Musharraf has attempted to cope with this increasing national weariness and to circumvent the problems caused by his army’s operations, minimize its casualties, and soothe the roiling political environment in the tribal areas by episodic strategies of appeasement built around so- called peace accords with the pro- Taliban locals in South and North Waziristan.Outline of the accord :- The indigenous residents were tasked with preventing cross- border movements of terrorists into Afghanistan and further attacks on Pakistani civilian and military targets. They were also to ensure either the ejection or the surrender of all foreigners, meaning the non–South Asian cadres loyal to al- Qaeda, from the FATA in exchange for which the Pakistan Army would withdraw to its barracks, suspend its combat operations against the terrorists, and defer to the tribes in regard to resolving disputes relating to the status of particular individuals.
Musharraf’s understandable objective in pursuing such a solution was to restore the status quo hold the tribes responsible for maintaining peace and security as they had done traditionally. but it was a strategy that was doomed to failure because it did not appreciate the extent of radicalization in the FATA and the tribes’ new determination to protect their al- Qaeda and Taliban cortege against the Pakistani government and the United States, which were viewed as the greater threats.
The complexities of intra- Afghan politics only compound the situation further: many Pashtun groups, for example, stung by the government’s inability or unwillingness to address their specific grievances, often view the local insurgents as more effective instruments for achieving their immediate security or developmental goals. Any efforts made by the government to assuage Pashtun bitterness directly, however, complicates its relations with the non- Pashtun groups, who are apt to see most initiatives aimed at bolstering central authority, reinvigorating the traditional Pashtun tribal structures, and negotiating with Pakistan as evidence of a surreptitious attempt to reassert Pashtun hegemony over the rest of Afghanistan.
The Karzai government has thus far not succeeded in steering clear of these competing pressures, and its sharply alternating policies have not helped its standing either. Its most recent stab at neutralizing the growing insurgency by implementing a reconciliation program involving the “moderate Taliban” is a good example. After resisting such an idea for a long time, in part because of opposition from former Northern Alliance figures supportive of the government, President Karzai changed course and embarked on an effort to reintegrate the less extreme Taliban members into the national mainstream. That President Musharraf is its most ardent advocate has not raised the credibility of the program particularly, because it is often viewed in Afghanistan as a Pakistani stratagem to evade fulfilling its obligations to erase the insurgent sanctuaries in the tribal areas. In any event, the notion of reconciling moderate Taliban into Afghan society, while certainly commendable if it is understood to mean the poor and disenfranchised confederations such as the Ghilzai, is invariably tricky and possibly even counterproductive because of the difficulties of distinguishing genuinely alienated individuals, who might be desirous of integration, from their more diehard and utterly intractable counterparts.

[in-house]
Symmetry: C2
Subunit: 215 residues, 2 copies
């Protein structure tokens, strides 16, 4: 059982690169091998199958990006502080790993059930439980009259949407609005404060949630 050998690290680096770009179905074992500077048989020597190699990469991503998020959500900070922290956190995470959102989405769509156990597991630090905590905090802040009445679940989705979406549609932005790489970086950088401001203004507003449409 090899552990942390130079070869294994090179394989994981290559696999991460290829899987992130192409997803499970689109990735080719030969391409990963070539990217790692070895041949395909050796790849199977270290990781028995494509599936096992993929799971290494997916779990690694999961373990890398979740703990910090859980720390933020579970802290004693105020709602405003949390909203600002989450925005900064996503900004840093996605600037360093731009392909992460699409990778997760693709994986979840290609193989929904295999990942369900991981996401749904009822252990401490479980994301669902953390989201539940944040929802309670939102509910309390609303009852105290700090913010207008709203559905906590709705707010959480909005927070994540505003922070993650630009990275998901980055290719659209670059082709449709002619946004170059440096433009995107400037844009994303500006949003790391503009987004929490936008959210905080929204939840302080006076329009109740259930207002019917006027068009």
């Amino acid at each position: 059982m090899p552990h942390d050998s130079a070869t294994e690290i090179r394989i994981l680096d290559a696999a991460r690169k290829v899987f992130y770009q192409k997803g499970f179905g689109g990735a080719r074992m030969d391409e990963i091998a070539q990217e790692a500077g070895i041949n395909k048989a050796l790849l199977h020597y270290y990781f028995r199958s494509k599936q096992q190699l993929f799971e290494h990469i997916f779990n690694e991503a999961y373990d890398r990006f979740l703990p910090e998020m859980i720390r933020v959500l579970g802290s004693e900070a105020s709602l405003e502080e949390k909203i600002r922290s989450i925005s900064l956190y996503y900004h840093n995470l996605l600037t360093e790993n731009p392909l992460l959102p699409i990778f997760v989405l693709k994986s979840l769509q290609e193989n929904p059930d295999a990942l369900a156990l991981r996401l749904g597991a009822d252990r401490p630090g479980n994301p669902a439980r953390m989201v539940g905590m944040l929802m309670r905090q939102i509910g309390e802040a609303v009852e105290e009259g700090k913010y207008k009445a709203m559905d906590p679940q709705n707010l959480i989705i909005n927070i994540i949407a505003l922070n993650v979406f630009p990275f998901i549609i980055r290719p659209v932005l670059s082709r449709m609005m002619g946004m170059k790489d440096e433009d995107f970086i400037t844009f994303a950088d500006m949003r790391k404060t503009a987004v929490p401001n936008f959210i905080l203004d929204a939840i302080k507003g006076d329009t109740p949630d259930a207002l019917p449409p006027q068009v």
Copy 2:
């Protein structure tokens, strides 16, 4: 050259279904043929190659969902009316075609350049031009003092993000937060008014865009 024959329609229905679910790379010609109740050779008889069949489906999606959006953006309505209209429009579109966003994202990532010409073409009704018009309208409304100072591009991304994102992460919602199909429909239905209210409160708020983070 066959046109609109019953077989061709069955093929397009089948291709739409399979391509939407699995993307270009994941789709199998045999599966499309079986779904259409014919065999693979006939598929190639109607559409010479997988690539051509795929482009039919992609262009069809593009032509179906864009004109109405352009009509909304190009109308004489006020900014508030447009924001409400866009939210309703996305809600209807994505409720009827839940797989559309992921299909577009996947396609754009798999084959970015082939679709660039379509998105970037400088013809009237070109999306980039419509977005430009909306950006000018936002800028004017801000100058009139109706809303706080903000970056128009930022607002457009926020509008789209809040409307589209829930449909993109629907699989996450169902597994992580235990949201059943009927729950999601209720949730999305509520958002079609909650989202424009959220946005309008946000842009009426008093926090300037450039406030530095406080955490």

One news report summarized the current crisis within Afghanistan laconically by declaring: “Government corruption and poppy cultivation are rampant and public services remain a wreck; food prices are soaring, unemployment remains high and resurgent Taliban forces in the south are pressing toward the capital.” Taliban resurgence prevents the Karzai regime from effectively extending central control in the east, south, and southeast of the country, while the lack of effective state presence in these areas is precisely what makes the Taliban’s return possible in the first place. Unfortunately, the three critical elements that could help Afghanistan break out of this cruel trap are constrained for different reasons. To make things worse, NATO forces in Afghanistan are constrained by various “national caveats,” that is, operational restrictions that prevent the alliance’s International Security Assistance Force (ISAF) from undertaking the necessary combat operations required to prevent the Taliban from consolidating their foothold in southern and southeastern Afghanistan.
NATO fields some 1.2 soldiers per thousand Afghan inhabitants. Even if the 85,000 Afghan security personnel and the 12,000-odd U.S. forces dedicated to Operation Enduring Freedom are added to the number, the ratio of security forces to population hovers at about 4 soldiers per thousand inhabitants. This level of force presence is abysmal, given that a considerable body of research suggests that successful nation- building operations require at least 10 soldiers per thousand inhabitants, and preferably 20 soldiers per thousand inhabitants. NATO thus far has simply not been able to contemplate, let alone provide, combat forces at anything approximating these levels required for success in Afghanistan.